Thomas Cunningham is saved from being the 5th frat boy because, although young, he reads much older, as most character actors do. He has a fine command of the language but his portrayal feels too controlled at times. Like he is sucking a lemon or is kiegeling constantly.
Cunningham does cut loose in Malvolio’s big scene where he reads a forged note supposedly from Olivia protesting love for him. His passion for his own prowess is creepy and splendid.
The genius of Twelfth Night is Feste, the most charming of all Shakespeare’s fools, and the only sane character in the play. Feste is generally an older fool, handed down from Olivia’s father and is weary and wise. He supplies an air of knowingness and earthiness to the mad proceedings. He is perhaps a rare Shakespeare surrogate, warning us not to seek moral coherence to the story.
Against type, Luke Shares plays Feste as a Puckish figure throwing wrenches into other people’s scenarios. The world weary wisdom of the character is sacrificed for a comic version full of mischievousness and sarcasm. His Feste is not dark in the least. Shares throws the clown’s hat on. The interpretation is pleasant enough but misses the point. Feste is not a clown, he is the conscience of the play. Mr. Shares is a very likeable and skilled actor. Being more a participant and less an observer denies much of Feste’s natural rapport with the audience which is sorely missed.
Mr. Perigard sets the play in the early 20th century, the 20’s or the 30’s which is fine. The script is malleable enough to be staged in any time period.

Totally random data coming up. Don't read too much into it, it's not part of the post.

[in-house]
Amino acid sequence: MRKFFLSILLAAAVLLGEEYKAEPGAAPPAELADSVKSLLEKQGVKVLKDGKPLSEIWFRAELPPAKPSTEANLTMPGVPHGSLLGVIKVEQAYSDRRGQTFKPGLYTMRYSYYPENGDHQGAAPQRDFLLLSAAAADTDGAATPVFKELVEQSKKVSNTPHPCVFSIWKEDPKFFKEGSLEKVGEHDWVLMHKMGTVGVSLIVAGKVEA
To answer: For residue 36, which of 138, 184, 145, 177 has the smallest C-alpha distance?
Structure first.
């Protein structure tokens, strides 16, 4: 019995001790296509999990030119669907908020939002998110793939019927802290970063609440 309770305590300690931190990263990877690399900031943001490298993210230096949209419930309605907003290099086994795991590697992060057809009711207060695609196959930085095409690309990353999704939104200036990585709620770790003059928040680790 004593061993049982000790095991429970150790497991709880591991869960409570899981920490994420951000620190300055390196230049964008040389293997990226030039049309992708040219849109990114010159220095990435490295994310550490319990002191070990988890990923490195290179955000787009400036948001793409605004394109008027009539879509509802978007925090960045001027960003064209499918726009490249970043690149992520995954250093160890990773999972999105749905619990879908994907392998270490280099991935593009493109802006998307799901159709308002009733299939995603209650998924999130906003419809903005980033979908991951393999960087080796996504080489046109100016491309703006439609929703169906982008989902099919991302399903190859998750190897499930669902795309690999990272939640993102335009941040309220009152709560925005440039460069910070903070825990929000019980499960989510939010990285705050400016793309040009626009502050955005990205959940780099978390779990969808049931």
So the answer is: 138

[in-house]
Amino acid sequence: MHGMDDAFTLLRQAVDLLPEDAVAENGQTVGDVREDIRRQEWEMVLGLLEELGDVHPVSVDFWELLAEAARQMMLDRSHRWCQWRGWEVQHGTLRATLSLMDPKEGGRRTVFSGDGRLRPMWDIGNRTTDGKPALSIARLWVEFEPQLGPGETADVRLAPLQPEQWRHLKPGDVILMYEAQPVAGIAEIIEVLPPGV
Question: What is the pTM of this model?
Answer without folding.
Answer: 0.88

Perigard stages the evening nimbly but resorts as most directors do at Agecroft to placing action and actors in the aisles when too many people appear. Characters also distractingly move set pieces during scenes.
I did especially enjoy his staging of the three comedians watching Malvolio read the forged letter. Some fine gymnastics and sturdy coordination. He keeps the pace brisk. If anything the play could withstand a brisker pace.
The set design is curious in that it is basically non-existent. Two pipe structures painted black with muslin coverings as dividers. Quill saves budget on set design by being in a perfect setting.
The costumes were a mixed bag. Ms. Blake’s outfits were wonderful. Mr. Cunningham’s tuxedo at the top of the play very smart. The Duke’s suits very attractive. Most of the other men were blandly dressed in outfits that gave no help to their character.
Ms. Rocklyn’s male outfit lacked creativity. It leaned towards the non-descript male rather than something more ambiguous which would have played better with the alternating sexuality of the character.
BJ Wilkinson’s lighting was very smart, as always. The music by Annie Leeth was delightful.
Twelfth Night is one of the most produced of Shakespeare’s plays. Its themes are universal and its characters easily recognized. The decision to cast young actors in these iconic roles had no thematic justification. We accept such casting in college productions, but Quill has no such limitations.
“It’s large, it’s wide open, which makes it easy to envision an experience for the audience where things are coming at them from all different angles…”August 31, 2016